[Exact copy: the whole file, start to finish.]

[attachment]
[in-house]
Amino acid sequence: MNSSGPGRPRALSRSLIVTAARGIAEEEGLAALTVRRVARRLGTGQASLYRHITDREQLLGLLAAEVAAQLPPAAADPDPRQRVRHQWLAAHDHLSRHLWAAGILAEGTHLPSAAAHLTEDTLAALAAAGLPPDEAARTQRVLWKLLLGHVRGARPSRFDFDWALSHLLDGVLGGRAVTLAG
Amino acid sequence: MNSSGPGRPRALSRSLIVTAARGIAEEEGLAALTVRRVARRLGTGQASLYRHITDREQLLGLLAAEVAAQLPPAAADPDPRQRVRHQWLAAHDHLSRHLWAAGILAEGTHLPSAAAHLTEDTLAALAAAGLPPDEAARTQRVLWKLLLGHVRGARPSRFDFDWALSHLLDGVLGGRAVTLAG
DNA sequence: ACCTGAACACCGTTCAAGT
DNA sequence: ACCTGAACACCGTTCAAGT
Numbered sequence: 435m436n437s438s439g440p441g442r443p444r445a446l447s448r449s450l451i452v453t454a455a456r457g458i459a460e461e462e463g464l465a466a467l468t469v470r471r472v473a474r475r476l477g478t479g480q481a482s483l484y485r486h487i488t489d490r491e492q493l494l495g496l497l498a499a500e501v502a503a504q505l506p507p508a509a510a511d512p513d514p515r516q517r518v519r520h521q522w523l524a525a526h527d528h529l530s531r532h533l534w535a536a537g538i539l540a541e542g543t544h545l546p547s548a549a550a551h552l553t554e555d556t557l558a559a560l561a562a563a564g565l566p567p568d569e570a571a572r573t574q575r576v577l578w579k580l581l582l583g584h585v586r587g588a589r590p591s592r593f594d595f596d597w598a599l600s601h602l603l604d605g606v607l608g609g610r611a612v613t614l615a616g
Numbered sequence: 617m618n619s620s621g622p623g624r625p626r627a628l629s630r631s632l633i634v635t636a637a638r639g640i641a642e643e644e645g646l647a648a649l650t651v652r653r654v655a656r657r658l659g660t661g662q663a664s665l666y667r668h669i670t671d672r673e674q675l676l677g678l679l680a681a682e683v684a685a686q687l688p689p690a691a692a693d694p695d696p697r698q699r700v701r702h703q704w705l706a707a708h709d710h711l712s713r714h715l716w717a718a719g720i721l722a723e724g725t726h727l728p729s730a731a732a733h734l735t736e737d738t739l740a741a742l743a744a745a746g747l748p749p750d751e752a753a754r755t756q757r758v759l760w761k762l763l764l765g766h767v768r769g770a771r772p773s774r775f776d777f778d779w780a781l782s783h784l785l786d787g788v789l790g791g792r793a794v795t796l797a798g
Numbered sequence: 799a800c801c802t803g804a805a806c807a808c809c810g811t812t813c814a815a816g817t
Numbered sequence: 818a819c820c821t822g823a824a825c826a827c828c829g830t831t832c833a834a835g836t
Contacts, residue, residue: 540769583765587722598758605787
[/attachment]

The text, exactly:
[in-house]
Amino acid sequence: MNSSGPGRPRALSRSLIVTAARGIAEEEGLAALTVRRVARRLGTGQASLYRHITDREQLLGLLAAEVAAQLPPAAADPDPRQRVRHQWLAAHDHLSRHLWAAGILAEGTHLPSAAAHLTEDTLAALAAAGLPPDEAARTQRVLWKLLLGHVRGARPSRFDFDWALSHLLDGVLGGRAVTLAG
Amino acid sequence: MNSSGPGRPRALSRSLIVTAARGIAEEEGLAALTVRRVARRLGTGQASLYRHITDREQLLGLLAAEVAAQLPPAAADPDPRQRVRHQWLAAHDHLSRHLWAAGILAEGTHLPSAAAHLTEDTLAALAAAGLPPDEAARTQRVLWKLLLGHVRGARPSRFDFDWALSHLLDGVLGGRAVTLAG
DNA sequence: ACCTGAACACCGTTCAAGT
DNA sequence: ACCTGAACACCGTTCAAGT
Numbered sequence: 435m436n437s438s439g440p441g442r443p444r445a446l447s448r449s450l451i452v453t454a455a456r457g458i459a460e461e462e463g464l465a466a467l468t469v470r471r472v473a474r475r476l477g478t479g480q481a482s483l484y485r486h487i488t489d490r491e492q493l494l495g496l497l498a499a500e501v502a503a504q505l506p507p508a509a510a511d512p513d514p515r516q517r518v519r520h521q522w523l524a525a526h527d528h529l530s531r532h533l534w535a536a537g538i539l540a541e542g543t544h545l546p547s548a549a550a551h552l553t554e555d556t557l558a559a560l561a562a563a564g565l566p567p568d569e570a571a572r573t574q575r576v577l578w579k580l581l582l583g584h585v586r587g588a589r590p591s592r593f594d595f596d597w598a599l600s601h602l603l604d605g606v607l608g609g610r611a612v613t614l615a616g
Numbered sequence: 617m618n619s620s621g622p623g624r625p626r627a628l629s630r631s632l633i634v635t636a637a638r639g640i641a642e643e644e645g646l647a648a649l650t651v652r653r654v655a656r657r658l659g660t661g662q663a664s665l666y667r668h669i670t671d672r673e674q675l676l677g678l679l680a681a682e683v684a685a686q687l688p689p690a691a692a693d694p695d696p697r698q699r700v701r702h703q704w705l706a707a708h709d710h711l712s713r714h715l716w717a718a719g720i721l722a723e724g725t726h727l728p729s730a731a732a733h734l735t736e737d738t739l740a741a742l743a744a745a746g747l748p749p750d751e752a753a754r755t756q757r758v759l760w761k762l763l764l765g766h767v768r769g770a771r772p773s774r775f776d777f778d779w780a781l782s783h784l785l786d787g788v789l790g791g792r793a794v795t796l797a798g
Numbered sequence: 799a800c801c802t803g804a805a806c807a808c809c810g811t812t813c814a815a816g817t
Numbered sequence: 818a819c820c821t822g823a824a825c826a827c828c829g830t831t832c833a834a835g836t
Contacts, residue, residue: 540769583765587722598758605787